I'm building a debugging tool for my web app and I need to show console errors in a div. I know I can use my own made console like object and use it, but for future use I need to send all console errors to window. Actually I want to catch console events.


To keep the console working:

if (typeof console  != "undefined") 
    if (typeof console.log != 'undefined')
        console.olog = console.log;
        console.olog = function() {};

console.log = function(message) {
    $('#debugDiv').append('<p>' + message + '</p>');
console.error = console.debug = console.info =  console.log
  • Just thinking that check for != "undefined" is only partially complete, later on we are assigning to console.log anyway... – Mars Robertson Jan 27 '17 at 15:55
  • 7
    For those where this solution is not working: Have you considered, that this solution required jQuery becuase of this selector $('#debugDiv') ? Try using something like this instead: document.getElementById('debugDiv').innerHTML += ('<p>' + message + '</p>'); – Smamatti Apr 15 '18 at 7:56

Here's a way using closure, containing the old console log function in the scope of the new one.

console.log = (function (old_function, div_log) { 
    return function (text) {
        div_log.value += text;
} (console.log.bind(console), document.getElementById("error-log")));
  • 3
    I got it working by using div_log.textContent += text; – srgsanky Oct 17 '15 at 15:53
  • Adding console.error = console.log = (function... made mine work for errors. This could work for other console.[whatever] as well. Also @srgsanky's change was required for it to work on mine. – Justin Reusnow Feb 2 '17 at 0:26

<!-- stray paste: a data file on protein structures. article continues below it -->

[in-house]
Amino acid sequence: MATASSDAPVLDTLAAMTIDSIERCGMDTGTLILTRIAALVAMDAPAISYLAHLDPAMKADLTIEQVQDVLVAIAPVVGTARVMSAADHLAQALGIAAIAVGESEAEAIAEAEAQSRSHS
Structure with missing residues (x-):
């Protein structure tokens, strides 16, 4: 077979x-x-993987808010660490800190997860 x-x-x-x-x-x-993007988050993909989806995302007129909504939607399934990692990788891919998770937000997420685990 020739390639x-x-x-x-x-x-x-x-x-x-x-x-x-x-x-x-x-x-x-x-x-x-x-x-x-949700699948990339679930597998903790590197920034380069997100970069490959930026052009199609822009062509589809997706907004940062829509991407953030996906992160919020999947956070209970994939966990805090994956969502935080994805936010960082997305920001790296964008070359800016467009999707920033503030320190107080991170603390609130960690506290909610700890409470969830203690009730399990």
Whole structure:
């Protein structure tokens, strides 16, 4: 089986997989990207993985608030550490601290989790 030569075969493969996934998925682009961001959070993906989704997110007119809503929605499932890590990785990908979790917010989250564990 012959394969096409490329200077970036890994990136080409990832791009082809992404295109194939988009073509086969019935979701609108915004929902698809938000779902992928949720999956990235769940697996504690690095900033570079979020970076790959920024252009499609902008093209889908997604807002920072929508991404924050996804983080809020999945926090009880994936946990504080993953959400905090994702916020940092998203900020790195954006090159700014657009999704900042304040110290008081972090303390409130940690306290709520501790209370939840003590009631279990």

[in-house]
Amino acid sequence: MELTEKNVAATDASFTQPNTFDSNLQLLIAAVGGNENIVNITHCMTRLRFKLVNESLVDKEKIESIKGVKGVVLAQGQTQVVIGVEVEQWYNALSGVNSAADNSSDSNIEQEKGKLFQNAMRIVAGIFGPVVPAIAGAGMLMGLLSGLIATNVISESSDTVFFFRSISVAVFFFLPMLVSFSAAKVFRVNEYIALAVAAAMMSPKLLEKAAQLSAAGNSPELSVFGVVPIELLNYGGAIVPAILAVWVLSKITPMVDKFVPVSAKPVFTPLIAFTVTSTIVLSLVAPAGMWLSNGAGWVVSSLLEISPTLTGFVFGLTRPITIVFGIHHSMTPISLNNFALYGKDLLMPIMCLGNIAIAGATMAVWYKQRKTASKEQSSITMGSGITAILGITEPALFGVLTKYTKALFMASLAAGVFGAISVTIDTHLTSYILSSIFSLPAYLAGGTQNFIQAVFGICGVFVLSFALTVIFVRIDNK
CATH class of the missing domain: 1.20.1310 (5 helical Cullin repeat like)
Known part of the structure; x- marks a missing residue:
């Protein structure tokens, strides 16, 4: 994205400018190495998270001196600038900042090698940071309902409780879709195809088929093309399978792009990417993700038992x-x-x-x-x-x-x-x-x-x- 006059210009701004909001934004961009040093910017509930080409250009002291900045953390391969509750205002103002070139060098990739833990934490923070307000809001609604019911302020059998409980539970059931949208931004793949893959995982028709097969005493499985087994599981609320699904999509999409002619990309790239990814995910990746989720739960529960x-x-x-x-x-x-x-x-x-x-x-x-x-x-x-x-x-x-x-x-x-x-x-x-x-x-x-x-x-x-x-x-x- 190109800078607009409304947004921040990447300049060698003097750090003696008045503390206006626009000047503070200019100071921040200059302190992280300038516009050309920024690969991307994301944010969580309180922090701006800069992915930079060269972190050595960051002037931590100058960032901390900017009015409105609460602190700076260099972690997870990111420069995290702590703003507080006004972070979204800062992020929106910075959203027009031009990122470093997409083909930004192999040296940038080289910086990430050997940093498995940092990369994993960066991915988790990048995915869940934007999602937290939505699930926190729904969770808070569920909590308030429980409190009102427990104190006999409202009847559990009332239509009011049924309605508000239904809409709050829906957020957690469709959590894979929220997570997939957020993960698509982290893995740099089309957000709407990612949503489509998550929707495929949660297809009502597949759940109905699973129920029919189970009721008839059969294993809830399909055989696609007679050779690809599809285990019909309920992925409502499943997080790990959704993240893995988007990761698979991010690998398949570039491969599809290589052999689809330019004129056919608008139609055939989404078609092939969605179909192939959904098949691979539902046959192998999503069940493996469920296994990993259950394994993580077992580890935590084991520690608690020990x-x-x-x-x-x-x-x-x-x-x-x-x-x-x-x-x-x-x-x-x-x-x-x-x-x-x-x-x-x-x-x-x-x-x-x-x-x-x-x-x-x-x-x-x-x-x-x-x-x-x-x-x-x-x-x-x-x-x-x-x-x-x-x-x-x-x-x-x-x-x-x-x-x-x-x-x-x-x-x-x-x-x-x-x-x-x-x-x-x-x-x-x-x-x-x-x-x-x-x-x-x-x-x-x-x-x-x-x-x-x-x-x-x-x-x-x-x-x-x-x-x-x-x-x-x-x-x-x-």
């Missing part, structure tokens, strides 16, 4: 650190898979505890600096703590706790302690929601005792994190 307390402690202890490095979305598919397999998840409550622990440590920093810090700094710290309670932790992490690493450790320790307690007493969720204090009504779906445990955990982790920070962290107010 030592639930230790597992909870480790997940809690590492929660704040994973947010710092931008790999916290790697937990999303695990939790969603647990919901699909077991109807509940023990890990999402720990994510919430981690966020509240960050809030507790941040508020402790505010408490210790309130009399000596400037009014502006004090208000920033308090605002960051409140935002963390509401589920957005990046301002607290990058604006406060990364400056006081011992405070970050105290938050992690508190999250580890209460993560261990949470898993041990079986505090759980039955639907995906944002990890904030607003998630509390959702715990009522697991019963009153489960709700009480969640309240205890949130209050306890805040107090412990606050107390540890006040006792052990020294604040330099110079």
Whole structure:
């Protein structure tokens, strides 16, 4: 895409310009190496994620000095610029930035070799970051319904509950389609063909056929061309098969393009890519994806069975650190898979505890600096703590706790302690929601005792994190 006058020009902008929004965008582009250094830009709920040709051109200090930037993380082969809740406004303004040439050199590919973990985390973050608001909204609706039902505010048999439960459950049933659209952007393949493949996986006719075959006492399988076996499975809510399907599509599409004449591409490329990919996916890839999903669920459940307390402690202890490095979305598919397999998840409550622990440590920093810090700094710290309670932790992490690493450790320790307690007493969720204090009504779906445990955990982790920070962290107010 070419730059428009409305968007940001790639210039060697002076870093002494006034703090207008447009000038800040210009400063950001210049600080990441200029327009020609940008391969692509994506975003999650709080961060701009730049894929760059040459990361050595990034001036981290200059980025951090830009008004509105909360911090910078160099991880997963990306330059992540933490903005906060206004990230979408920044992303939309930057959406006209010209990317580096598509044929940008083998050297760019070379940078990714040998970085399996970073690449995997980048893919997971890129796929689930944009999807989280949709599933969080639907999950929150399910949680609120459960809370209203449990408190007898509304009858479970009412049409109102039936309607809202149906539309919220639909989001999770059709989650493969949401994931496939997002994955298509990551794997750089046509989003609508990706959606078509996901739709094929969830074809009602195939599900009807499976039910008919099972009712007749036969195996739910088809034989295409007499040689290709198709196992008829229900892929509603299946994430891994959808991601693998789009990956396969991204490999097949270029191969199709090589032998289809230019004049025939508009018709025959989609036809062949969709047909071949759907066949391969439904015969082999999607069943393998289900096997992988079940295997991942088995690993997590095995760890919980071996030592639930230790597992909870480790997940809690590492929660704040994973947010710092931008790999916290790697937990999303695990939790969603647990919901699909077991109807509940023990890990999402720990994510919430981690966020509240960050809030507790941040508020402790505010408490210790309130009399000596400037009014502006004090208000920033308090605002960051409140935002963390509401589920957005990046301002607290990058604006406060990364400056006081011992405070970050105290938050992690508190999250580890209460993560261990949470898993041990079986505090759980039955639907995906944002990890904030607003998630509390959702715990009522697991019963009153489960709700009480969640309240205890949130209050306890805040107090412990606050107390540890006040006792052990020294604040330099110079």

• Yeah textContent definitely looks like it is the right attribute to use today. Justin - when you override a browser API, usually you want to store a reference to and call the API, so your new function that you assign should still be calling the old console.error or console.log function. I don't think that can be done if you set multiple attrs with one function - will need multiple functions. – MST Dec 29 '17 at 21:43
  • this works! but by using div_log.innerHTML += text + '<br />'; will be more clear – Amos Mar 29 '19 at 7:29

Else, if you were concerned at keeping log, warn and error separate from one another, you could do something like this (adapted from MST's answer):

var log = document.querySelector('#log');

['log','warn','error'].forEach(function (verb) {
    console[verb] = (function (method, verb, log) {
        return function (text) {
            // handle distinguishing between methods any way you'd like
            var msg = document.createElement('code');
            msg.textContent = verb + ': ' + text;
    })(console[verb].bind(console), verb, log);

where #log is your HTML element. The variable verb is one of 'log', 'warn', or 'error'. You can then use CSS to style the text in a distinguishable way. Note that a lot of this code isn't compatible with old versions of IE.

  • 1
    Checked. Best console solution in this topic. – Dariusz Sikorski Apr 25 '16 at 12:42
  • 2
    This didn't capture any of the errors that were still sent to the Chrome Dev Tools output. – CaptainBli Jul 14 '17 at 16:29
  • Perfect Answer. I tested in Codepen – aiffin Feb 15 '18 at 12:09

None of the answers here consider console messages that get passed multiple parameters. E.g. console.log("Error:", "error details")).

The function that replaces the default log function better regards all function arguments (e.g. by using the arguments object). Here is an example:

console.log = function() {
  log.textContent += Array.prototype.slice.call(arguments).join(' ');

(The Array.prototype.slice.call(...) simply converts the arguments object to an array, so it can be concatenated easily with join().)

When the original log should be kept working as well:

console.log = (function (old_log, log) { 
    return function () {